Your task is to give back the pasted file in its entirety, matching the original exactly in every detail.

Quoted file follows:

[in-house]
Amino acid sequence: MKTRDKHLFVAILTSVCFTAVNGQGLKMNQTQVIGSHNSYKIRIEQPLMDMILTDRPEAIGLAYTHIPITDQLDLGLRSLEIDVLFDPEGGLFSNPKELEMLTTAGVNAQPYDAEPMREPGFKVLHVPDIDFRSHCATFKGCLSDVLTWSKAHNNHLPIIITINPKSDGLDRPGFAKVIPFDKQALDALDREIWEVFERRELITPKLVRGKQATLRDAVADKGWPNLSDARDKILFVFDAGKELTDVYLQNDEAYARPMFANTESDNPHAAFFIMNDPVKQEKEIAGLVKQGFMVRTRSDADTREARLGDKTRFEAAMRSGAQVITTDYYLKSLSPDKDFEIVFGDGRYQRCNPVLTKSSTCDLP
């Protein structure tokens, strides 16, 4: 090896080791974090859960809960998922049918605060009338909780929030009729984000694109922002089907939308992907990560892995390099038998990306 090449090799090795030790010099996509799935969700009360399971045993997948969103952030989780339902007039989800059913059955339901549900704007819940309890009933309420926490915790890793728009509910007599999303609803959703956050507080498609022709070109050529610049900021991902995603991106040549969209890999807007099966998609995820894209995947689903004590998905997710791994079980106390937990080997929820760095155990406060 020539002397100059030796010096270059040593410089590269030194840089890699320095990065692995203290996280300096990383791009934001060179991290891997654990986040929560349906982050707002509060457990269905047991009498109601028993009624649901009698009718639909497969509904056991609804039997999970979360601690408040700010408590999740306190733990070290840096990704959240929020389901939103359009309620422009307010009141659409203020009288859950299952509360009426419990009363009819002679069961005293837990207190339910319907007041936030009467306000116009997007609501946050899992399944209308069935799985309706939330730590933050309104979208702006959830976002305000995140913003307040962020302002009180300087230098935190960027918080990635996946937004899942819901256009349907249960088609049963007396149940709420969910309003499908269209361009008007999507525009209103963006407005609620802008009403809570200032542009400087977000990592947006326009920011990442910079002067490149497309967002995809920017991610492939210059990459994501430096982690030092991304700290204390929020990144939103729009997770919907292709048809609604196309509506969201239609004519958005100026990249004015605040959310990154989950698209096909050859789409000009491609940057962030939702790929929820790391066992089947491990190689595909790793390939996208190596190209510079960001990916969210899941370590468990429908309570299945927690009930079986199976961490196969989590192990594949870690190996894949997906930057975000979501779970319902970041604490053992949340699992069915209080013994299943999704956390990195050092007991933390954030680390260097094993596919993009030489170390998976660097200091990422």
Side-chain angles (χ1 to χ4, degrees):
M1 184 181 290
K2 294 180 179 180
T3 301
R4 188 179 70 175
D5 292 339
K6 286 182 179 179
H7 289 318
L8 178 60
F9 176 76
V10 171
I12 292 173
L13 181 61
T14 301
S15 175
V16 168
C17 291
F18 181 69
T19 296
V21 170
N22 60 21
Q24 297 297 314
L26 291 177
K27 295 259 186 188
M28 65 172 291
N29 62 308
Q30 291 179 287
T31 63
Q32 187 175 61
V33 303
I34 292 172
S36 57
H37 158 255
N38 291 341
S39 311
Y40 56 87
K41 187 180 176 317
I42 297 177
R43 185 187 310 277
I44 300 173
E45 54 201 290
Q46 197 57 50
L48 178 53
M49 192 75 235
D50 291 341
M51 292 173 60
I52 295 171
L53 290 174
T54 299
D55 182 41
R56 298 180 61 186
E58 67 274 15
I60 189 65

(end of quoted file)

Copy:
[in-house]
Amino acid sequence: MKTRDKHLFVAILTSVCFTAVNGQGLKMNQTQVIGSHNSYKIRIEQPLMDMILTDRPEAIGLAYTHIPITDQLDLGLRSLEIDVLFDPEGGLFSNPKELEMLTTAGVNAQPYDAEPMREPGFKVLHVPDIDFRSHCATFKGCLSDVLTWSKAHNNHLPIIITINPKSDGLDRPGFAKVIPFDKQALDALDREIWEVFERRELITPKLVRGKQATLRDAVADKGWPNLSDARDKILFVFDAGKELTDVYLQNDEAYARPMFANTESDNPHAAFFIMNDPVKQEKEIAGLVKQGFMVRTRSDADTREARLGDKTRFEAAMRSGAQVITTDYYLKSLSPDKDFEIVFGDGRYQRCNPVLTKSSTCDLP
């Protein structure tokens, strides 16, 4: 090896080791974090859960809960998922049918605060009338909780929030009729984000694109922002089907939308992907990560892995390099038998990306 090449090799090795030790010099996509799935969700009360399971045993997948969103952030989780339902007039989800059913059955339901549900704007819940309890009933309420926490915790890793728009509910007599999303609803959703956050507080498609022709070109050529610049900021991902995603991106040549969209890999807007099966998609995820894209995947689903004590998905997710791994079980106390937990080997929820760095155990406060 020539002397100059030796010096270059040593410089590269030194840089890699320095990065692995203290996280300096990383791009934001060179991290891997654990986040929560349906982050707002509060457990269905047991009498109601028993009624649901009698009718639909497969509904056991609804039997999970979360601690408040700010408590999740306190733990070290840096990704959240929020389901939103359009309620422009307010009141659409203020009288859950299952509360009426419990009363009819002679069961005293837990207190339910319907007041936030009467306000116009997007609501946050899992399944209308069935799985309706939330730590933050309104979208702006959830976002305000995140913003307040962020302002009180300087230098935190960027918080990635996946937004899942819901256009349907249960088609049963007396149940709420969910309003499908269209361009008007999507525009209103963006407005609620802008009403809570200032542009400087977000990592947006326009920011990442910079002067490149497309967002995809920017991610492939210059990459994501430096982690030092991304700290204390929020990144939103729009997770919907292709048809609604196309509506969201239609004519958005100026990249004015605040959310990154989950698209096909050859789409000009491609940057962030939702790929929820790391066992089947491990190689595909790793390939996208190596190209510079960001990916969210899941370590468990429908309570299945927690009930079986199976961490196969989590192990594949870690190996894949997906930057975000979501779970319902970041604490053992949340699992069915209080013994299943999704956390990195050092007991933390954030680390260097094993596919993009030489170390998976660097200091990422």
Side-chain angles (χ1 to χ4, degrees):
M1 184 181 290
K2 294 180 179 180
T3 301
R4 188 179 70 175
D5 292 339
K6 286 182 179 179
H7 289 318
L8 178 60
F9 176 76
V10 171
I12 292 173
L13 181 61
T14 301
S15 175
V16 168
C17 291
F18 181 69
T19 296
V21 170
N22 60 21
Q24 297 297 314
L26 291 177
K27 295 259 186 188
M28 65 172 291
N29 62 308
Q30 291 179 287
T31 63
Q32 187 175 61
V33 303
I34 292 172
S36 57
H37 158 255
N38 291 341
S39 311
Y40 56 87
K41 187 180 176 317
I42 297 177
R43 185 187 310 277
I44 300 173
E45 54 201 290
Q46 197 57 50
L48 178 53
M49 192 75 235
D50 291 341
M51 292 173 60
I52 295 171
L53 290 174
T54 299
D55 182 41
R56 298 180 61 186
E58 67 274 15
I60 189 65